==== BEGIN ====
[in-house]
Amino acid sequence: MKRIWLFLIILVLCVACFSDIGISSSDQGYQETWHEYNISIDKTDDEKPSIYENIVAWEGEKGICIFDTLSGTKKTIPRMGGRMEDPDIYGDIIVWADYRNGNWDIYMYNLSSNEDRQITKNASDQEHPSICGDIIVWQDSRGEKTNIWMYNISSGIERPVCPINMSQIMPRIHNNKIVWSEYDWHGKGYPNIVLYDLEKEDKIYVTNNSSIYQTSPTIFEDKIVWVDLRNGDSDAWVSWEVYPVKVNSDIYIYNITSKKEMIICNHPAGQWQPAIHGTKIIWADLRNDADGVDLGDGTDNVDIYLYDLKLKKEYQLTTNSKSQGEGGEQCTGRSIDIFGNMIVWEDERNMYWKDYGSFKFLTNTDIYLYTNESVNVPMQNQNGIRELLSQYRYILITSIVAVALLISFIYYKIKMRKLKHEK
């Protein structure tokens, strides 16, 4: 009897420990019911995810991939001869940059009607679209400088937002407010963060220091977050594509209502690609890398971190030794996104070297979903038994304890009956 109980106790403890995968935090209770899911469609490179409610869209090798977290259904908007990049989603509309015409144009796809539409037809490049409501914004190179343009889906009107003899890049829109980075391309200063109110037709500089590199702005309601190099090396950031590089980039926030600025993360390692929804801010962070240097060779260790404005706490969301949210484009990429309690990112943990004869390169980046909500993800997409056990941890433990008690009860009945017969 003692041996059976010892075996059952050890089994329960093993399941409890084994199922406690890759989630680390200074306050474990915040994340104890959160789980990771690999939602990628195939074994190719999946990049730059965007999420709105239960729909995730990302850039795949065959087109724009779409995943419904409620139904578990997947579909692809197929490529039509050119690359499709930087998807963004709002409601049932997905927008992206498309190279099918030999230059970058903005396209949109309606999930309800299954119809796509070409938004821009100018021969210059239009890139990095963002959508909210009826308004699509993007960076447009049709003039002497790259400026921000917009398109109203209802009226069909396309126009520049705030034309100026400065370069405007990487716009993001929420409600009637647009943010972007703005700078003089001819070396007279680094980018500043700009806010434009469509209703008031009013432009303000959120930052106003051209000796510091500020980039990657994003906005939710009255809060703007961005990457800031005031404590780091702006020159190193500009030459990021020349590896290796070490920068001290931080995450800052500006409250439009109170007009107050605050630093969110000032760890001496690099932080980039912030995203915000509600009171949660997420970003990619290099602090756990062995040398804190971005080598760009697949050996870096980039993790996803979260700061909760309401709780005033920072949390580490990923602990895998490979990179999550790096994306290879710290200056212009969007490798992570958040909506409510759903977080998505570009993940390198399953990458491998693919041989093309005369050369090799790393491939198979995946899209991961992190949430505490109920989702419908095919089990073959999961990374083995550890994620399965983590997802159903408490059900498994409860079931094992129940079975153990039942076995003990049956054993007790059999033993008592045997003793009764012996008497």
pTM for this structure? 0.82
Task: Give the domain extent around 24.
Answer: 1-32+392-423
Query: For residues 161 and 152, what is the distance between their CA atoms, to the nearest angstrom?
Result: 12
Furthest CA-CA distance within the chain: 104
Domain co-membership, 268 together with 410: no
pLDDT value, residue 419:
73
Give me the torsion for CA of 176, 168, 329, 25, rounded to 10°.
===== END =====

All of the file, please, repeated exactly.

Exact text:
[in-house]
Amino acid sequence: MKRIWLFLIILVLCVACFSDIGISSSDQGYQETWHEYNISIDKTDDEKPSIYENIVAWEGEKGICIFDTLSGTKKTIPRMGGRMEDPDIYGDIIVWADYRNGNWDIYMYNLSSNEDRQITKNASDQEHPSICGDIIVWQDSRGEKTNIWMYNISSGIERPVCPINMSQIMPRIHNNKIVWSEYDWHGKGYPNIVLYDLEKEDKIYVTNNSSIYQTSPTIFEDKIVWVDLRNGDSDAWVSWEVYPVKVNSDIYIYNITSKKEMIICNHPAGQWQPAIHGTKIIWADLRNDADGVDLGDGTDNVDIYLYDLKLKKEYQLTTNSKSQGEGGEQCTGRSIDIFGNMIVWEDERNMYWKDYGSFKFLTNTDIYLYTNESVNVPMQNQNGIRELLSQYRYILITSIVAVALLISFIYYKIKMRKLKHEK
């Protein structure tokens, strides 16, 4: 009897420990019911995810991939001869940059009607679209400088937002407010963060220091977050594509209502690609890398971190030794996104070297979903038994304890009956 109980106790403890995968935090209770899911469609490179409610869209090798977290259904908007990049989603509309015409144009796809539409037809490049409501914004190179343009889906009107003899890049829109980075391309200063109110037709500089590199702005309601190099090396950031590089980039926030600025993360390692929804801010962070240097060779260790404005706490969301949210484009990429309690990112943990004869390169980046909500993800997409056990941890433990008690009860009945017969 003692041996059976010892075996059952050890089994329960093993399941409890084994199922406690890759989630680390200074306050474990915040994340104890959160789980990771690999939602990628195939074994190719999946990049730059965007999420709105239960729909995730990302850039795949065959087109724009779409995943419904409620139904578990997947579909692809197929490529039509050119690359499709930087998807963004709002409601049932997905927008992206498309190279099918030999230059970058903005396209949109309606999930309800299954119809796509070409938004821009100018021969210059239009890139990095963002959508909210009826308004699509993007960076447009049709003039002497790259400026921000917009398109109203209802009226069909396309126009520049705030034309100026400065370069405007990487716009993001929420409600009637647009943010972007703005700078003089001819070396007279680094980018500043700009806010434009469509209703008031009013432009303000959120930052106003051209000796510091500020980039990657994003906005939710009255809060703007961005990457800031005031404590780091702006020159190193500009030459990021020349590896290796070490920068001290931080995450800052500006409250439009109170007009107050605050630093969110000032760890001496690099932080980039912030995203915000509600009171949660997420970003990619290099602090756990062995040398804190971005080598760009697949050996870096980039993790996803979260700061909760309401709780005033920072949390580490990923602990895998490979990179999550790096994306290879710290200056212009969007490798992570958040909506409510759903977080998505570009993940390198399953990458491998693919041989093309005369050369090799790393491939198979995946899209991961992190949430505490109920989702419908095919089990073959999961990374083995550890994620399965983590997802159903408490059900498994409860079931094992129940079975153990039942076995003990049956054993007790059999033993008592045997003793009764012996008497």
pTM for this structure? 0.82
Task: Give the domain extent around 24.
Answer: 1-32+392-423
Query: For residues 161 and 152, what is the distance between their CA atoms, to the nearest angstrom?
Result: 12
Furthest CA-CA distance within the chain: 104
Domain co-membership, 268 together with 410: no
pLDDT value, residue 419:
73
Give me the torsion for CA of 176, 168, 329, 25, rounded to 10°.